June the 20th, 2023 – Despite the coronavirus pandemic having altered the world in an unprecedented way for upwards of two years, Croatian online meetings still haven’t really taken hold.
It seems that despite the pandemic forcing us to look at work and especially remote work in a very different way, the classic coffee in a cafe or lunch at a restaurant will always take precedent over Croatian online meetings.
Croatian companies don’t have as many online meetings as the European Union average
As Poslovni Dnevnik/Marija Brnic writes, approximately 40% of Croatian companies used online meetings in their business last year, according to Eurostat data. This model of work exploded across the bloc during the recent public health crisis, when companies turned to virtual meetings in order to overcome epidemiological restrictions.
The use of digital technology is also generally taken as a step forward by which companies can relatively easily strengthen their competitiveness. It simplifies organisation, reduces costs, shortens time and enables participation regardless of the distance of the location, although, of course, this way of doing things has certain shortcomings compared to live communication.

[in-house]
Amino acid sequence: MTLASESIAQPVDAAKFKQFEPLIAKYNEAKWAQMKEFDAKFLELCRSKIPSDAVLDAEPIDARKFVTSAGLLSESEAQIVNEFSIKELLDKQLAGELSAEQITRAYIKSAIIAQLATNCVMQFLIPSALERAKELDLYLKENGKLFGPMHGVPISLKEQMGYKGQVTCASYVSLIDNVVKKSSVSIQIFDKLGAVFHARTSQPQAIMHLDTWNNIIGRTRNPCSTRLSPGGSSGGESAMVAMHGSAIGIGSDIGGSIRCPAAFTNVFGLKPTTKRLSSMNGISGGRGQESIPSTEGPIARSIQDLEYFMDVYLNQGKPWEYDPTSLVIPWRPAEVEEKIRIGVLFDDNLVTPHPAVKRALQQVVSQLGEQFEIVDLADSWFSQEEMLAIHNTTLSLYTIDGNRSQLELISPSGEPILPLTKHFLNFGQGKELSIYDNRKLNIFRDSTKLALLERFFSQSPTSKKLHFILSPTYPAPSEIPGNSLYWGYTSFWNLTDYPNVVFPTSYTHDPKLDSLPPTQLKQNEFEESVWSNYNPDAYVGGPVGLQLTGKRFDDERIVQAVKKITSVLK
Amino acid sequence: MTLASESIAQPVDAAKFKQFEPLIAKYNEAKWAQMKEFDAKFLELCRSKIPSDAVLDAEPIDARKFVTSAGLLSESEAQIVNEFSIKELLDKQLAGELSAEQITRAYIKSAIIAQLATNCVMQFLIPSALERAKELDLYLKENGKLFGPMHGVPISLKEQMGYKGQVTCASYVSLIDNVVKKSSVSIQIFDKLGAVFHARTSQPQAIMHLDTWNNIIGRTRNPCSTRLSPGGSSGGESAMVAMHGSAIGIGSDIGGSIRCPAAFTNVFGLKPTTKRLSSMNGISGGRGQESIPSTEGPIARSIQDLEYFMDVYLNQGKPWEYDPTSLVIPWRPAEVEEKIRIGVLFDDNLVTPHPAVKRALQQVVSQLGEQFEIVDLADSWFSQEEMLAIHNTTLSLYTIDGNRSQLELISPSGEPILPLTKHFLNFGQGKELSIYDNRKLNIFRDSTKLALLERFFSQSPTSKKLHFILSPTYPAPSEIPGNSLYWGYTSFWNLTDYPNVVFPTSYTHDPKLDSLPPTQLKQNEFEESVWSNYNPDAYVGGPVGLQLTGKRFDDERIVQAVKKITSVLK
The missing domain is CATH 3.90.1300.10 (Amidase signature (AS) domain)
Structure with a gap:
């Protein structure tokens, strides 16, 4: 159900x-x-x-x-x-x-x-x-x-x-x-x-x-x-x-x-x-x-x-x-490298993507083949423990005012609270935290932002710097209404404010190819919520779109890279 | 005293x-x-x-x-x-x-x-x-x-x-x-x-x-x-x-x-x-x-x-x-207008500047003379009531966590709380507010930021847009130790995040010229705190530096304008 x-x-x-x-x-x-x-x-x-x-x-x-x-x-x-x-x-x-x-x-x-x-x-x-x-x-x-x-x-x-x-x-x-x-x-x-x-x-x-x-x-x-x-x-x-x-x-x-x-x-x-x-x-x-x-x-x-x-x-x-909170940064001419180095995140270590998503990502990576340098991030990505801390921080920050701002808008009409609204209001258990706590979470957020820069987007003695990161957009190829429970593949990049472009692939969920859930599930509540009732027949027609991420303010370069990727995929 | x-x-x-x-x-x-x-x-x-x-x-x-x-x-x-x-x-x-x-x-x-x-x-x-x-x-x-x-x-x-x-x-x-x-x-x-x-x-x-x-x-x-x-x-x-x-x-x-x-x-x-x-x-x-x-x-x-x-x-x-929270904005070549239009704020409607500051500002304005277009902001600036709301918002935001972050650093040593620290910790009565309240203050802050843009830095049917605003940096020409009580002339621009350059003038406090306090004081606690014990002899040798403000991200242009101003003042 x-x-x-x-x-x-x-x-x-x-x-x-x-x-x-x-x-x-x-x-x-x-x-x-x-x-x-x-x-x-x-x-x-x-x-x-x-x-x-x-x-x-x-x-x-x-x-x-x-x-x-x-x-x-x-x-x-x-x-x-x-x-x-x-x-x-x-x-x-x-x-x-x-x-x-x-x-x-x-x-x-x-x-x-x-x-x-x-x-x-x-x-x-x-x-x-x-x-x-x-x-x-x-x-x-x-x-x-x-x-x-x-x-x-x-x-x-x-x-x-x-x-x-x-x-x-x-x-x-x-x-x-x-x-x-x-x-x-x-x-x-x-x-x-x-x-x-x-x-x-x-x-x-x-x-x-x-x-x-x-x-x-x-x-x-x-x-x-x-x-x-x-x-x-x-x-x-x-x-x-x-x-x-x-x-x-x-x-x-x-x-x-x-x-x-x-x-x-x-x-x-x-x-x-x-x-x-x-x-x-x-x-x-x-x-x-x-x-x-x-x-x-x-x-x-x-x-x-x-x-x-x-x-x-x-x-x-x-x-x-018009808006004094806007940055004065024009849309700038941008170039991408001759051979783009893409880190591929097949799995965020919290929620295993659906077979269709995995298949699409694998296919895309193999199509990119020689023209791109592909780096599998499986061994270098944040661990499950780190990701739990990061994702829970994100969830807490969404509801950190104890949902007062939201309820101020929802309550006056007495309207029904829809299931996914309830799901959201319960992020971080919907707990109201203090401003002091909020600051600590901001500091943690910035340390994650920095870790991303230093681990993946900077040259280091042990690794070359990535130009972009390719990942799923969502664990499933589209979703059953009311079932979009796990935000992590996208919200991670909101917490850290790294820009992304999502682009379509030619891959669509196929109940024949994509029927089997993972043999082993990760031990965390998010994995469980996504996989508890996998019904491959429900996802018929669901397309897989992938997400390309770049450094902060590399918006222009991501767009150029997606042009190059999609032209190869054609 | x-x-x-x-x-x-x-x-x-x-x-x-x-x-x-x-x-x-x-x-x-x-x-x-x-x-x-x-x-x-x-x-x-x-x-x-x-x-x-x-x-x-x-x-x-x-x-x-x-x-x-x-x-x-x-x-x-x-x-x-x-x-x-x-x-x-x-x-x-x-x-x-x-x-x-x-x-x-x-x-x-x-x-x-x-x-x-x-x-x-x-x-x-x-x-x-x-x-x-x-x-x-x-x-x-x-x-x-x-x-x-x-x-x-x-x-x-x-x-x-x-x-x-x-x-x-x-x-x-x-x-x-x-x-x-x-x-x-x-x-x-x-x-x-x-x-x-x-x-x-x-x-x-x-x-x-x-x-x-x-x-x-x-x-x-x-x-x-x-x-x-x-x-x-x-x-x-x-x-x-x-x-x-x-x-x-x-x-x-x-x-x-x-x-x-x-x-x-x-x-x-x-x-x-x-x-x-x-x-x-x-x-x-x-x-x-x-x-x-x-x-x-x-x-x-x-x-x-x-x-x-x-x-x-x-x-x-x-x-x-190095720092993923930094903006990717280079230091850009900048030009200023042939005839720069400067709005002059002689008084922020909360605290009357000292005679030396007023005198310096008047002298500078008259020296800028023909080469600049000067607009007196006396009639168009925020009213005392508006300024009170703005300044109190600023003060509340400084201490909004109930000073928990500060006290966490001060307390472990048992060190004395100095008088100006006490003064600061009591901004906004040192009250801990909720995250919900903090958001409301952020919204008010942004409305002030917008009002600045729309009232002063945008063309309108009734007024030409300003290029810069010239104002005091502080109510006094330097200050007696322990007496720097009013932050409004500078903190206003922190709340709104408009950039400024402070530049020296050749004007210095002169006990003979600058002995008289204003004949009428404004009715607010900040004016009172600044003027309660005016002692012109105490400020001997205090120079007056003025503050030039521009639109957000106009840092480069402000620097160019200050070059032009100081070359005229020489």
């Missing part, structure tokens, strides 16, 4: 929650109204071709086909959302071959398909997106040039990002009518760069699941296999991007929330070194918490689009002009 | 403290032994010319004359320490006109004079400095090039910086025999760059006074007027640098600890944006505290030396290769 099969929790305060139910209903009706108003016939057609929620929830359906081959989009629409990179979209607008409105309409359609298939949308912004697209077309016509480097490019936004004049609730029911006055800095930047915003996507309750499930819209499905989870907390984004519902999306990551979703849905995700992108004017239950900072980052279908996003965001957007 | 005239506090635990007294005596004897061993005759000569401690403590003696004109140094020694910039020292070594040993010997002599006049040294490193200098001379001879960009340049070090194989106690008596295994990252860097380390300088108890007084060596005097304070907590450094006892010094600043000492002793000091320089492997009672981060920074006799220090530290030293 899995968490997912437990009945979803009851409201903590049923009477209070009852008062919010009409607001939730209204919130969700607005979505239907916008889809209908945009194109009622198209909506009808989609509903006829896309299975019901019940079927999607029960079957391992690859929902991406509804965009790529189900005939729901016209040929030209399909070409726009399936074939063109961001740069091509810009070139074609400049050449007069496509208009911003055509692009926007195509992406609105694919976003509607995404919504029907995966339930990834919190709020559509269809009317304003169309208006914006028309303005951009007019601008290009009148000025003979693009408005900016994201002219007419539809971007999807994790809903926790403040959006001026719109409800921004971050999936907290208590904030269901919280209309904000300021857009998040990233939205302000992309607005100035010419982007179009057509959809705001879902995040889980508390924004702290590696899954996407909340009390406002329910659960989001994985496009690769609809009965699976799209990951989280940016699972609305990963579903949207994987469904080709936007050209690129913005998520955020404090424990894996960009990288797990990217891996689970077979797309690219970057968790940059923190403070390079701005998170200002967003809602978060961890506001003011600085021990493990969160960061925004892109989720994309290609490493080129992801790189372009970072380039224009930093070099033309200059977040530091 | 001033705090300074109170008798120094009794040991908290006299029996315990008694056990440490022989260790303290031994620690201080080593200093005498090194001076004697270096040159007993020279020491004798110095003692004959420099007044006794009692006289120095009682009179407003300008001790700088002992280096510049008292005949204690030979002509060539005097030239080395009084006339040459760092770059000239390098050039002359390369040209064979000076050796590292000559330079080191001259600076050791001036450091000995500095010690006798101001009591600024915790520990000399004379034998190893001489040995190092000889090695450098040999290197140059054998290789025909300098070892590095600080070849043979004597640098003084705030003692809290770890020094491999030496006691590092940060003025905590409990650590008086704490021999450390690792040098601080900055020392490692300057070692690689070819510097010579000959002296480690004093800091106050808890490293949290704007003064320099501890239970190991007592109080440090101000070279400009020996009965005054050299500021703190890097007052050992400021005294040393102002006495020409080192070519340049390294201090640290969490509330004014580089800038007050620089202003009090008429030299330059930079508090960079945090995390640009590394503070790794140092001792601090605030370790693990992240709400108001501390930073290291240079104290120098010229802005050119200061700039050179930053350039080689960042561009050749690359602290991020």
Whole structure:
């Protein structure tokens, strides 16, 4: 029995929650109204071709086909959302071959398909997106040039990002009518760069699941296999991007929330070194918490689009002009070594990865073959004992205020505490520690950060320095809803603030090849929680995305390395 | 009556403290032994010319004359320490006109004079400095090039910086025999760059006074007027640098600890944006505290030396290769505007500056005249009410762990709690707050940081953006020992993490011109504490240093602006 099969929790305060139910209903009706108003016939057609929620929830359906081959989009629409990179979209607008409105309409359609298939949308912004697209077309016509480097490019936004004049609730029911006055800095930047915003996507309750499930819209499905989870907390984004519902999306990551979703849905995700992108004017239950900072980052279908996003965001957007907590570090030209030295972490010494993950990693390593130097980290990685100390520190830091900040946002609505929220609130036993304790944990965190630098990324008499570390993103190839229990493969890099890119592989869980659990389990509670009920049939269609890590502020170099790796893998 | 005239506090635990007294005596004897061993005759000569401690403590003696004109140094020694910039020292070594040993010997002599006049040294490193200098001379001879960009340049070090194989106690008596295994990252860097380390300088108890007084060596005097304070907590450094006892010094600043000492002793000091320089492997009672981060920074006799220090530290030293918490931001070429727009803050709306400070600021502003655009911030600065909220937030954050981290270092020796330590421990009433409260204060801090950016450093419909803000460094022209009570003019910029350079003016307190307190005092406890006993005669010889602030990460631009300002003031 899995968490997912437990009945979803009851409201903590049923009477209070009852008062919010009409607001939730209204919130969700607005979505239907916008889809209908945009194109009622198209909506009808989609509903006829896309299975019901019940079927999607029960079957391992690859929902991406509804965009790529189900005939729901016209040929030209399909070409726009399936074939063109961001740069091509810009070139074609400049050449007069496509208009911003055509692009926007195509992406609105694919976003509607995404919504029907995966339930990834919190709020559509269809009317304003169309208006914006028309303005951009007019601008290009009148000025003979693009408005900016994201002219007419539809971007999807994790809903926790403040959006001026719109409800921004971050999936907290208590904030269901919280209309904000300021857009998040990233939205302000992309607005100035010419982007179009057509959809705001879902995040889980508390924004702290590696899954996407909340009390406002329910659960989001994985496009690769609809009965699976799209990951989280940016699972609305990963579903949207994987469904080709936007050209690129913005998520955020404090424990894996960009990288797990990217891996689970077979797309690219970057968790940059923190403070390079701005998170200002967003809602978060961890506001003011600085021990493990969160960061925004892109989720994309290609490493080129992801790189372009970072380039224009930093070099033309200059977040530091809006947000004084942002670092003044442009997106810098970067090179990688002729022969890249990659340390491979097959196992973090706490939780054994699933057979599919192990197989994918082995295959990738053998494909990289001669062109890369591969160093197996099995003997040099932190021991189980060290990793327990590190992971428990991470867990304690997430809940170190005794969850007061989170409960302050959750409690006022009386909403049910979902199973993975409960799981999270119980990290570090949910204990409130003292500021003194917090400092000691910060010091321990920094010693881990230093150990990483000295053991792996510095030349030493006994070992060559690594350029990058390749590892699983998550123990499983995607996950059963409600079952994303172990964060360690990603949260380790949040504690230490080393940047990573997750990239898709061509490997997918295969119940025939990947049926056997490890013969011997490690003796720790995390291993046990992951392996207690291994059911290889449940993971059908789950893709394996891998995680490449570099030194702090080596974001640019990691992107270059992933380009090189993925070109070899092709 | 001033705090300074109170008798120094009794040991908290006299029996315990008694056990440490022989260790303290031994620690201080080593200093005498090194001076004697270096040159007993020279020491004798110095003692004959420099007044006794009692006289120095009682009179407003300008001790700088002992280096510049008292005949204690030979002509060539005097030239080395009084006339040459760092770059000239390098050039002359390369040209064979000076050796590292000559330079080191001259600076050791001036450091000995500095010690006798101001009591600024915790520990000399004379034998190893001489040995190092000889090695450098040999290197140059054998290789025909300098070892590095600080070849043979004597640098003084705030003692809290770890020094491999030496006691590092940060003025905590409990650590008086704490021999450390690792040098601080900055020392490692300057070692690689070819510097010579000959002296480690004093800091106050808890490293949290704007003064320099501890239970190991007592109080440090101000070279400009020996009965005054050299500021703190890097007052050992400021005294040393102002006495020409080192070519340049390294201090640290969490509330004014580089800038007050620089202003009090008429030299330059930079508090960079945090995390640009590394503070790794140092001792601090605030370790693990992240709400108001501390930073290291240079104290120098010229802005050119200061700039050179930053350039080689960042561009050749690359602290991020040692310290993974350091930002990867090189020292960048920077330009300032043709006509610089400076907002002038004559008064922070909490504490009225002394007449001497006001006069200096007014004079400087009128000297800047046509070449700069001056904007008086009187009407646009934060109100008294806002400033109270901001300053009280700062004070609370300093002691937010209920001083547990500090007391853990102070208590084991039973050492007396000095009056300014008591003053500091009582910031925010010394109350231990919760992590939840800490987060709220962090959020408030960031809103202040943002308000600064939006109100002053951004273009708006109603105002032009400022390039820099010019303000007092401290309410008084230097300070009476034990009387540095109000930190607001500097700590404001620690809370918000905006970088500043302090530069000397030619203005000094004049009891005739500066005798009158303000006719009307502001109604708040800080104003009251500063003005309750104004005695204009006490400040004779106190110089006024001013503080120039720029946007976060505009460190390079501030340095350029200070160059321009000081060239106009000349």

Serbia and Montenegro outdo Croatia in this regard
Data collected by Eurostat for pandemic-dominated 2020 showed that a third of companies conducted remote meetings via online platforms, and the average on the level of that carried out last year rose to 50%. Among the European Union’s actual member states, there’s considerable unevenness in the acceptance of this model of communication in business. It has rooted the most in the north of the EU, in Sweden (79.4%), Finland (78.5%), and Denmark (78%).
Bulgaria, Hungary and Romania also lag
On the opposite side of the scale with the lowest representation are companies in Bulgaria (28.2%), Hungary (29.4%) and Romania (31.2%). Those who engage in online meetings even less than Croatian companies and their 39.9% do, are companies based in Greece, Slovakia, Poland, Lithuania and Latvia, and Austria, Estonia, Portugal, Italy, France and the Czech Republic, as well as neighbouring Slovenia, are also allbelow the EU average.
Norway leads, despite not being in the EU
Among the record holders according to this criterion is Norway, which is not a member of the EU, where communication via the Internet is preferred by 77% of companies, and Eurostat has also recorded data for candidate countries. It’s interesting to note that there are more online meetings in Serbia and Montenegro than there are Croatian online meetings. In Serbia, their share is 40%, and in Montenegro 40.7%.
Eurostat has also stated in its review that statistical data on remote access indicate the technological readiness of companies to enable their employees to work remotely by giving them remote access to three types of company resources: e-mail systems, documents and business applications or various types of company software.
When it comes to the size of the company, remote access to work is more common in large enterprises. In the segment of companies with more than 250 employees, all three forms of remote access to their employees were enabled for 91% of them, while in medium-sized companies this share is slightly lower (77.2%), and it is least present in small companies with less than 50 employees. (52.4%).